What Can We Learn From Deborah Shank?
Shank, a former overnight shelf-stocker for Wal-Mart in southeastern Missouri, was driving her minivan when she was broadsided by a semi and suffered permanent brain damage. Unable to walk without help, she lost the ability to care for herself or interact meaningfully with her family. Now 52, she lives in a nursing home.
Wal-Mart started out as one of the good guys in this story, paying almost $470,000 of her initial medical bills. But three years after Shank’s husband sued and settled with the semi driver’s employer, the retail giant changed hats. It demanded every penny back, plus interest and legal fees — more, in fact, than the $417,477 the settlement had placed in a special-needs Medicaid trust fund for Shank’s future healthcare expenses.
Several things strike me about this story.
First, the WSJ incorrectly described Wal-Mart’s cause of action against Ms. Shank as a subrogation claim. The WSJ stated:
In insurance circles, the recovery practice is called “subrogation.” Employers and insurers say it’s necessary to ensure that medical expenses aren’t paid twice. By recovering those costs from someone who’s been compensated elsewhere, they argue, they’re saving money for everyone on the plan.
But this isn’t classic subrogation. Subrogation is generally thought of as an insurer’s right to step into the shoes of the party whom an insurer compensates and sue any party whom the insured could have sued. Wal-Mart isn’t standing in the shoes of Ms. Shank and suing the trucker, which it almost certainly has the right to do. Wal-Mart is suing under a contractual provision which gives it a right to sue its insured for indemnification and eschewing its subrogatory rights.
Second, although Wal-Mart claims it needs this contractual right to prevent its insureds (the Deborah Shanks of the world) from double recovering, Wal-Mart is using this right to take easy money. That is, there is no evidence that Ms. Shank recovered twice. Ms. Shank likely had claims for pain and suffering, lost wages, loss of consoritum, etc. The settlement agreement could have stipulated that none of the money was going to pay her medical bills and Wal-Mart still would have had the right to sue her for indemnification. And Wal-Mart would have done so, because it is much easier to collect based on the clear contract language than in a subrogation lawsuit against the trucker. Think of it this way, presumably Ms. Shank settled for pennies on the dollar in her tort lawsuit, but Wal-Mart got nearly a full recovery from Ms. Shank. Why? Because Wal-Mart didn’t have to establish the trucker’s negligence or defeat the trucker’s tort defenses as it would have if it had brought the subrogation claim.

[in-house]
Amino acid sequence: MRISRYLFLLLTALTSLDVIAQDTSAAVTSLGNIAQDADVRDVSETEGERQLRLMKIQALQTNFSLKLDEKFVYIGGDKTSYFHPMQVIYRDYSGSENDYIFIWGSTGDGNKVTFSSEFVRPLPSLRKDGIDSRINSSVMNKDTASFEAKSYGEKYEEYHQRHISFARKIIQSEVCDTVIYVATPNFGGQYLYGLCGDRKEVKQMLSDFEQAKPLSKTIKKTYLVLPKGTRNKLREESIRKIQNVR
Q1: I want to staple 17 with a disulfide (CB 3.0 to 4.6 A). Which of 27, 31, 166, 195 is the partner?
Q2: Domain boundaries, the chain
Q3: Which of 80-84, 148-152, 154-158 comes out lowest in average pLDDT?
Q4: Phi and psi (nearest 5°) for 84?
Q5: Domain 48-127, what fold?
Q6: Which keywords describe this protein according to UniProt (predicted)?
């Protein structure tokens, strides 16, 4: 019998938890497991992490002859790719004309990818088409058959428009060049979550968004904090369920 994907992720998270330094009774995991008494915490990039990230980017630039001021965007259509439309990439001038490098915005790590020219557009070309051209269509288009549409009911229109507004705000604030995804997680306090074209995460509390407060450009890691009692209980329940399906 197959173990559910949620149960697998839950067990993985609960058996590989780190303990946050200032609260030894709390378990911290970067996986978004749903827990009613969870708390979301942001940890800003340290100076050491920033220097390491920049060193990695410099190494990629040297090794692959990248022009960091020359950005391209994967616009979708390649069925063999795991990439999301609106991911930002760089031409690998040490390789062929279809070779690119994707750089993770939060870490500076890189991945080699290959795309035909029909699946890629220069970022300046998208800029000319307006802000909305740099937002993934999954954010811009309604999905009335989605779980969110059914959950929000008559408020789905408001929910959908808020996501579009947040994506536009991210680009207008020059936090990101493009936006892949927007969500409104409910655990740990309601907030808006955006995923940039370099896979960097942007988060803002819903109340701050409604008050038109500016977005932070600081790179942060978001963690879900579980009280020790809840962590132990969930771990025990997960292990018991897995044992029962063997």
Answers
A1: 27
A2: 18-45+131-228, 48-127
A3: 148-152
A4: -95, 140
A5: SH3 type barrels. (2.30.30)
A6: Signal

Third, I wonder why Wal-Mart and other private insurers are doing this now, when the provisions apparently have been in the insurance contracts for years. One could speculate that private insurers feel emboldened to sue their insureds because Congress blessed this same practice for Medicare in 2003. As part of the same law that created the new Medicare prescription drug plan, Congress granted Medicare the right to recover its from beneficiaries who settle tort lawsuits.
Fourth, these indemnification lawsuits are justified as necessary to reduce the costs of medical insurance. But they might have an enormous impact on the civil and tort system. Injured parties have less incentive to bring and settle tort claims where they are forced to indemnify an insurer, because their expected recovery is much lower. This undermines the access function of the courts and the deterrence and corrective justice function of tort, not to mention undermines the social policy for health insurance. I wrote about these same issues (although in the Medicare context) in a forthcoming paper. Check it out.